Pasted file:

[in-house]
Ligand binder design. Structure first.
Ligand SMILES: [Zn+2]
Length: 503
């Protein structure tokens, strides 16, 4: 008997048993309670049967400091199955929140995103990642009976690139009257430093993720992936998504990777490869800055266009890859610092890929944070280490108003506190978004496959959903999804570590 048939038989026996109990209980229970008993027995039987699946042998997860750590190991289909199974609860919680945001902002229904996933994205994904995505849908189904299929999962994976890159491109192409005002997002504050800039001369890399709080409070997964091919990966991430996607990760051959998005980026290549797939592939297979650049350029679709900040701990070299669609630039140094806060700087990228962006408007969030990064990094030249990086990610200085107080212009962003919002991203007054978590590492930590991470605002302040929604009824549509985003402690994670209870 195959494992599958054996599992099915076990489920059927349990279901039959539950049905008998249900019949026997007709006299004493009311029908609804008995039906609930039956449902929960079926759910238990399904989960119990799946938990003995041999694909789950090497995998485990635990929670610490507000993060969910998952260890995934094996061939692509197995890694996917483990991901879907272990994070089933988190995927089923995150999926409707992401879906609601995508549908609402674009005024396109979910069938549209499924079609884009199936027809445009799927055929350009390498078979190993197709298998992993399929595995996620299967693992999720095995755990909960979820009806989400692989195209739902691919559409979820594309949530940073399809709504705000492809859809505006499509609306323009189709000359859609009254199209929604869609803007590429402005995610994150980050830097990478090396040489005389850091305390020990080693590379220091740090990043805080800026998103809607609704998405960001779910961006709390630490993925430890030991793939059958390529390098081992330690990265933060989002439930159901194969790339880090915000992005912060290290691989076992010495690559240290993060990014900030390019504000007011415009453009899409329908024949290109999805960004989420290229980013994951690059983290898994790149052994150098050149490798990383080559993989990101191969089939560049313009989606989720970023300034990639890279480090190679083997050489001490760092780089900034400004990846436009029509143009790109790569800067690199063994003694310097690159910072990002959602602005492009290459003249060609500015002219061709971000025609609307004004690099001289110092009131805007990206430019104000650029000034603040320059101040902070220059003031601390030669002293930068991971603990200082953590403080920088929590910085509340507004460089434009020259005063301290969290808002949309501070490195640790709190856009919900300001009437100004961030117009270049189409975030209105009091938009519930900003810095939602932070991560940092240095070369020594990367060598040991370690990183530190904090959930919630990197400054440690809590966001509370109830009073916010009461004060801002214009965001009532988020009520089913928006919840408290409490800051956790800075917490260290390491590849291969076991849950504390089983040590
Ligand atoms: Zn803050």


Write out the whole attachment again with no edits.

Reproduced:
[in-house]
Ligand binder design. Structure first.
Ligand SMILES: [Zn+2]
Length: 503
């Protein structure tokens, strides 16, 4: 008997048993309670049967400091199955929140995103990642009976690139009257430093993720992936998504990777490869800055266009890859610092890929944070280490108003506190978004496959959903999804570590 048939038989026996109990209980229970008993027995039987699946042998997860750590190991289909199974609860919680945001902002229904996933994205994904995505849908189904299929999962994976890159491109192409005002997002504050800039001369890399709080409070997964091919990966991430996607990760051959998005980026290549797939592939297979650049350029679709900040701990070299669609630039140094806060700087990228962006408007969030990064990094030249990086990610200085107080212009962003919002991203007054978590590492930590991470605002302040929604009824549509985003402690994670209870 195959494992599958054996599992099915076990489920059927349990279901039959539950049905008998249900019949026997007709006299004493009311029908609804008995039906609930039956449902929960079926759910238990399904989960119990799946938990003995041999694909789950090497995998485990635990929670610490507000993060969910998952260890995934094996061939692509197995890694996917483990991901879907272990994070089933988190995927089923995150999926409707992401879906609601995508549908609402674009005024396109979910069938549209499924079609884009199936027809445009799927055929350009390498078979190993197709298998992993399929595995996620299967693992999720095995755990909960979820009806989400692989195209739902691919559409979820594309949530940073399809709504705000492809859809505006499509609306323009189709000359859609009254199209929604869609803007590429402005995610994150980050830097990478090396040489005389850091305390020990080693590379220091740090990043805080800026998103809607609704998405960001779910961006709390630490993925430890030991793939059958390529390098081992330690990265933060989002439930159901194969790339880090915000992005912060290290691989076992010495690559240290993060990014900030390019504000007011415009453009899409329908024949290109999805960004989420290229980013994951690059983290898994790149052994150098050149490798990383080559993989990101191969089939560049313009989606989720970023300034990639890279480090190679083997050489001490760092780089900034400004990846436009029509143009790109790569800067690199063994003694310097690159910072990002959602602005492009290459003249060609500015002219061709971000025609609307004004690099001289110092009131805007990206430019104000650029000034603040320059101040902070220059003031601390030669002293930068991971603990200082953590403080920088929590910085509340507004460089434009020259005063301290969290808002949309501070490195640790709190856009919900300001009437100004961030117009270049189409975030209105009091938009519930900003810095939602932070991560940092240095070369020594990367060598040991370690990183530190904090959930919630990197400054440690809590966001509370109830009073916010009461004060801002214009965001009532988020009520089913928006919840408290409490800051956790800075917490260290390491590849291969076991849950504390089983040590
Ligand atoms: Zn803050």